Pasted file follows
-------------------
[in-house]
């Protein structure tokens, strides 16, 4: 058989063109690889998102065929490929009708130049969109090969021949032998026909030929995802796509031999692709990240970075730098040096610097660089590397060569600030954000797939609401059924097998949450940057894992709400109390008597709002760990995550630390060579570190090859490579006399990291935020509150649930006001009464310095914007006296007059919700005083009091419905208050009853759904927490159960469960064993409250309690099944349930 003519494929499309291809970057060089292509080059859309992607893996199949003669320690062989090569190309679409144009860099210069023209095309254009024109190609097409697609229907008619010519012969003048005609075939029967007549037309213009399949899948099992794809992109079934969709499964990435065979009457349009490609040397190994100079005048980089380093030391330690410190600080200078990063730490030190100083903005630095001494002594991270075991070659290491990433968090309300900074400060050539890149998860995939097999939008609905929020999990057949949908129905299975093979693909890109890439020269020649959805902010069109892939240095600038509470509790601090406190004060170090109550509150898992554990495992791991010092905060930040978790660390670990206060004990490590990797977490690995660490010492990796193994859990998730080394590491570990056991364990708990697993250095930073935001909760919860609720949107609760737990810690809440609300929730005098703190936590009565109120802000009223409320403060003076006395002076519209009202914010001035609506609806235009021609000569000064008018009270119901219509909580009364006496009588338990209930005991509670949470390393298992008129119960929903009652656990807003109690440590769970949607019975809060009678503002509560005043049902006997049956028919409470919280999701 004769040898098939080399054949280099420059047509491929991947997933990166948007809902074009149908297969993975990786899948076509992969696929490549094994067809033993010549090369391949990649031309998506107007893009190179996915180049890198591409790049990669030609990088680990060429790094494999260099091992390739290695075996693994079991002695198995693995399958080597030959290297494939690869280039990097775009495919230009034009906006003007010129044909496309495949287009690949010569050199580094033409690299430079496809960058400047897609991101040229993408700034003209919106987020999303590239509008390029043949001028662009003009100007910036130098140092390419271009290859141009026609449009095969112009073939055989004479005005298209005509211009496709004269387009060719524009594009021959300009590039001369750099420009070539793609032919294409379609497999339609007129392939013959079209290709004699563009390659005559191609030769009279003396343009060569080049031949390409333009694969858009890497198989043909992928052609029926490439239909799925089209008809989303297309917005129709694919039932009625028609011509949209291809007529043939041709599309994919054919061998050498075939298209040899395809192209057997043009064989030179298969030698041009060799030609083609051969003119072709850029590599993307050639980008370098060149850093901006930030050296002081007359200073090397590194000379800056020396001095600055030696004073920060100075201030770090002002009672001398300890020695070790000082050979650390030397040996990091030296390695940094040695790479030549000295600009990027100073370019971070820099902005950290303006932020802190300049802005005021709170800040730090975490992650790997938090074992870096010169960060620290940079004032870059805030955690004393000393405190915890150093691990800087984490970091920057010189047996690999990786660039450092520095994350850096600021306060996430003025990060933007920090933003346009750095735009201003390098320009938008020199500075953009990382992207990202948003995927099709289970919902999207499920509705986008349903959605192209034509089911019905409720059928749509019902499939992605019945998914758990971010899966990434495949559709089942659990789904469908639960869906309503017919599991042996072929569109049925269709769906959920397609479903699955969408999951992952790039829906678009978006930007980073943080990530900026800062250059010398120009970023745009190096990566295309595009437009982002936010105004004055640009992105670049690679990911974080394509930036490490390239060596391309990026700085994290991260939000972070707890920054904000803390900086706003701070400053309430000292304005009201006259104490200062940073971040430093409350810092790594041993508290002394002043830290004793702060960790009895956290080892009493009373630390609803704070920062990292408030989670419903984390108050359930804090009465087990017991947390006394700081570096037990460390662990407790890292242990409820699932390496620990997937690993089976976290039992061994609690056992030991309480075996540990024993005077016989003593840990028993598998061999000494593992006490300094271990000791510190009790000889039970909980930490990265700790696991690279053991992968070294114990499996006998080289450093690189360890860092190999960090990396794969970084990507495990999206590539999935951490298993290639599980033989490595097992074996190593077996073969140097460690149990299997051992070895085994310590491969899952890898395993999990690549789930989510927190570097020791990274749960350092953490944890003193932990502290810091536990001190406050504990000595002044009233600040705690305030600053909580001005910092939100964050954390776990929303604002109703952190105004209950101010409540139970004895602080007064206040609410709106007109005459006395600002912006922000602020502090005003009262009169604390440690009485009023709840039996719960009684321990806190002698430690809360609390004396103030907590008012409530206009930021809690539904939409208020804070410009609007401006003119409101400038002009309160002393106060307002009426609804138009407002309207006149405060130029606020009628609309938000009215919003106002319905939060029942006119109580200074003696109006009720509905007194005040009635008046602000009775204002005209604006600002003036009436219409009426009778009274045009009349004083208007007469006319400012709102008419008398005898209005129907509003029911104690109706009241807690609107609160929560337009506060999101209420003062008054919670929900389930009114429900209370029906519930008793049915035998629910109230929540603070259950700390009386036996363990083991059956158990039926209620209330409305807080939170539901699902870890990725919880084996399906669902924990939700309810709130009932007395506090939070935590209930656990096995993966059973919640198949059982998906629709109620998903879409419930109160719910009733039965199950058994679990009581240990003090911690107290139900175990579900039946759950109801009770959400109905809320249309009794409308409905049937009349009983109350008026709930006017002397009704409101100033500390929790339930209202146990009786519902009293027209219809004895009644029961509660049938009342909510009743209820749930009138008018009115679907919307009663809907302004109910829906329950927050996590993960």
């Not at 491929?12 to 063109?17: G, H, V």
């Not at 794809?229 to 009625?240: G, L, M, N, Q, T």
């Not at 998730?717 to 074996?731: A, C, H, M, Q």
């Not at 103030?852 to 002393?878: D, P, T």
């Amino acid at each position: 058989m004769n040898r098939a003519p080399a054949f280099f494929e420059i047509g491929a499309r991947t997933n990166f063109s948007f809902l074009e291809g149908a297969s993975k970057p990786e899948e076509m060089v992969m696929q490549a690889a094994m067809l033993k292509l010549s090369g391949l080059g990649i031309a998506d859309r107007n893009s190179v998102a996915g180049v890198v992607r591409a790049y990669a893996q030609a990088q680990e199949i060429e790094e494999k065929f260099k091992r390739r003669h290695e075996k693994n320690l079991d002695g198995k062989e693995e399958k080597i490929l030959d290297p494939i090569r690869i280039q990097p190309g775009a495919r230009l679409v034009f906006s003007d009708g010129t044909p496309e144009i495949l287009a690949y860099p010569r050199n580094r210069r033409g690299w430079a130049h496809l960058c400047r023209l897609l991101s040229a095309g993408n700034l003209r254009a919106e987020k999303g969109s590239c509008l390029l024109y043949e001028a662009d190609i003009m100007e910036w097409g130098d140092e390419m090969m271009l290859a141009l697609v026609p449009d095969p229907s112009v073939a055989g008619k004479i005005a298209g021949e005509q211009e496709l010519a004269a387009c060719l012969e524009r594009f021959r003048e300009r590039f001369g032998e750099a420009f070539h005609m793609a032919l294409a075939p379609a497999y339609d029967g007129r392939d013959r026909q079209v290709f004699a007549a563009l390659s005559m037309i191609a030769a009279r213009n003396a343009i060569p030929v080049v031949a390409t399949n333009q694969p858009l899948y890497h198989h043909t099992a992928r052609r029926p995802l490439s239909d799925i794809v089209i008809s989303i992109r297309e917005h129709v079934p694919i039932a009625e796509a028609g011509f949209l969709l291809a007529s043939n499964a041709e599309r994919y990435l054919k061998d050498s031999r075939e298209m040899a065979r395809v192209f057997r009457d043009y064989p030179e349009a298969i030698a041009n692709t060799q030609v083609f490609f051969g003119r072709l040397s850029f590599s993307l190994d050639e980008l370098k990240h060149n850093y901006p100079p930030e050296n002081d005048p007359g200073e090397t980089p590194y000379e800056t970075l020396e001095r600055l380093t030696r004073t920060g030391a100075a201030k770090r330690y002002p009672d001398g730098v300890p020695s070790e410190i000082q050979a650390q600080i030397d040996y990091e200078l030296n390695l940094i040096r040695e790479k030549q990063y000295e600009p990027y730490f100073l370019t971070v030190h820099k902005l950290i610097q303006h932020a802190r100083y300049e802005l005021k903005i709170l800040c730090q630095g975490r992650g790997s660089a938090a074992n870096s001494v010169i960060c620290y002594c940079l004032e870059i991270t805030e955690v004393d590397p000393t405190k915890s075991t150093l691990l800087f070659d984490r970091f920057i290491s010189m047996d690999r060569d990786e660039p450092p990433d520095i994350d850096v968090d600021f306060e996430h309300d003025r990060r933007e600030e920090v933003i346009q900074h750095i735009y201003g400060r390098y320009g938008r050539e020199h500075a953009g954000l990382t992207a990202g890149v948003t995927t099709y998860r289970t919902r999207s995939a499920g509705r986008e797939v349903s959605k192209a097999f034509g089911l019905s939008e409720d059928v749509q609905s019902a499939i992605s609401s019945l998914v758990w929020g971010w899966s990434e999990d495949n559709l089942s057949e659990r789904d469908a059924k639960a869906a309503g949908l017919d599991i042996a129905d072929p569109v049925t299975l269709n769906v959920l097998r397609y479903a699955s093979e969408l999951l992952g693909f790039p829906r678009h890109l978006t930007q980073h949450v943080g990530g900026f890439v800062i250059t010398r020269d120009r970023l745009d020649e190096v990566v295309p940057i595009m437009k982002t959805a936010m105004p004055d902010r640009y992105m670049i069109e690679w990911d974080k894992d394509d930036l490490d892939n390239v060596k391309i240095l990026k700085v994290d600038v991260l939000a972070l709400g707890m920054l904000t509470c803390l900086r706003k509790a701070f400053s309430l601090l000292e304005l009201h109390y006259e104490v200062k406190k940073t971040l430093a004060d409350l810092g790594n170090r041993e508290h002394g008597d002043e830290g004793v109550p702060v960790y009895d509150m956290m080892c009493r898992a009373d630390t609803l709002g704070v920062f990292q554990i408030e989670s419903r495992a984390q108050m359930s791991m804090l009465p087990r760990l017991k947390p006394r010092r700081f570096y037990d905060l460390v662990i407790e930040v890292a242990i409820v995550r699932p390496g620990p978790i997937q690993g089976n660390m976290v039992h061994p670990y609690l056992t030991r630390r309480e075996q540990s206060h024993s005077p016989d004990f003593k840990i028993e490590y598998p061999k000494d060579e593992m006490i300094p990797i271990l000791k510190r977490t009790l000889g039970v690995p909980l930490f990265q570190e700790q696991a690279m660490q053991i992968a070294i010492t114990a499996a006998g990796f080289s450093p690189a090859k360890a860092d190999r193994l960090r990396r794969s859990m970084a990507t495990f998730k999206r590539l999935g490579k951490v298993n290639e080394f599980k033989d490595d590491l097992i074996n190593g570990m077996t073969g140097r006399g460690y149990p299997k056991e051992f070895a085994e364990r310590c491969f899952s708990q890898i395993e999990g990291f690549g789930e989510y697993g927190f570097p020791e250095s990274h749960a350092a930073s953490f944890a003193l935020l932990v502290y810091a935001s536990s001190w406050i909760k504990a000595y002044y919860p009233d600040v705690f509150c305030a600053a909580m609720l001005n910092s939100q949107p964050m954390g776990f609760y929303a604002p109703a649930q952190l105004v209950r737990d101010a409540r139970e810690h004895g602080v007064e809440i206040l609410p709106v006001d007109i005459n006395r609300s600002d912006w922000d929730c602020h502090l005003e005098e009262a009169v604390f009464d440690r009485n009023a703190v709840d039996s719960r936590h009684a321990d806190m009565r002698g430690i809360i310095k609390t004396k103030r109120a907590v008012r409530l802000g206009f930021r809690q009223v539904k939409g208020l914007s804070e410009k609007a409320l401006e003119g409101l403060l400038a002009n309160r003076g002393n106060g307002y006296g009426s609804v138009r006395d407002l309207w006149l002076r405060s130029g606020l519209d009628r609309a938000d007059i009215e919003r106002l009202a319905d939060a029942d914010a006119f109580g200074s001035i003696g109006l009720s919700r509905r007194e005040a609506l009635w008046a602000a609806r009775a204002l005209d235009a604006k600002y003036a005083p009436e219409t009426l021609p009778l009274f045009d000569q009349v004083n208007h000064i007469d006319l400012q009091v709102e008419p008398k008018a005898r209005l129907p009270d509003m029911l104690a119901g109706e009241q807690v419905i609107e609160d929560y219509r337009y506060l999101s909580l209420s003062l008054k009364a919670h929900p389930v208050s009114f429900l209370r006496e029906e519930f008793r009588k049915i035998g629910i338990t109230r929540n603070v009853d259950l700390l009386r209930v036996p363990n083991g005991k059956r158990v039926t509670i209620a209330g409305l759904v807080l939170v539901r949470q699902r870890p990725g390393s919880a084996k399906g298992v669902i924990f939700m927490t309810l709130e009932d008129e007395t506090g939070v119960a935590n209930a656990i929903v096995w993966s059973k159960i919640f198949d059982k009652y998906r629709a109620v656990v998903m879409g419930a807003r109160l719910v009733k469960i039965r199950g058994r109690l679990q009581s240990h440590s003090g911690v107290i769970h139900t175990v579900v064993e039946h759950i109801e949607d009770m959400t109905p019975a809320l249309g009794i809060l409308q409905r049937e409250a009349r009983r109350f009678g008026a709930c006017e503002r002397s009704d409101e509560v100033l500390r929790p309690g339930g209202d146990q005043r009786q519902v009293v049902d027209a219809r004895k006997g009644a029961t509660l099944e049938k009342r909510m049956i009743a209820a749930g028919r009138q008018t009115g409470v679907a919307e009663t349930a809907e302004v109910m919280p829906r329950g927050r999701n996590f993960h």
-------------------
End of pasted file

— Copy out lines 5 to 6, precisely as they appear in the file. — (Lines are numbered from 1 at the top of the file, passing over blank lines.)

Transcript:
């Not at 998730?717 to 074996?731: A, C, H, M, Q």
């Not at 103030?852 to 002393?878: D, P, T």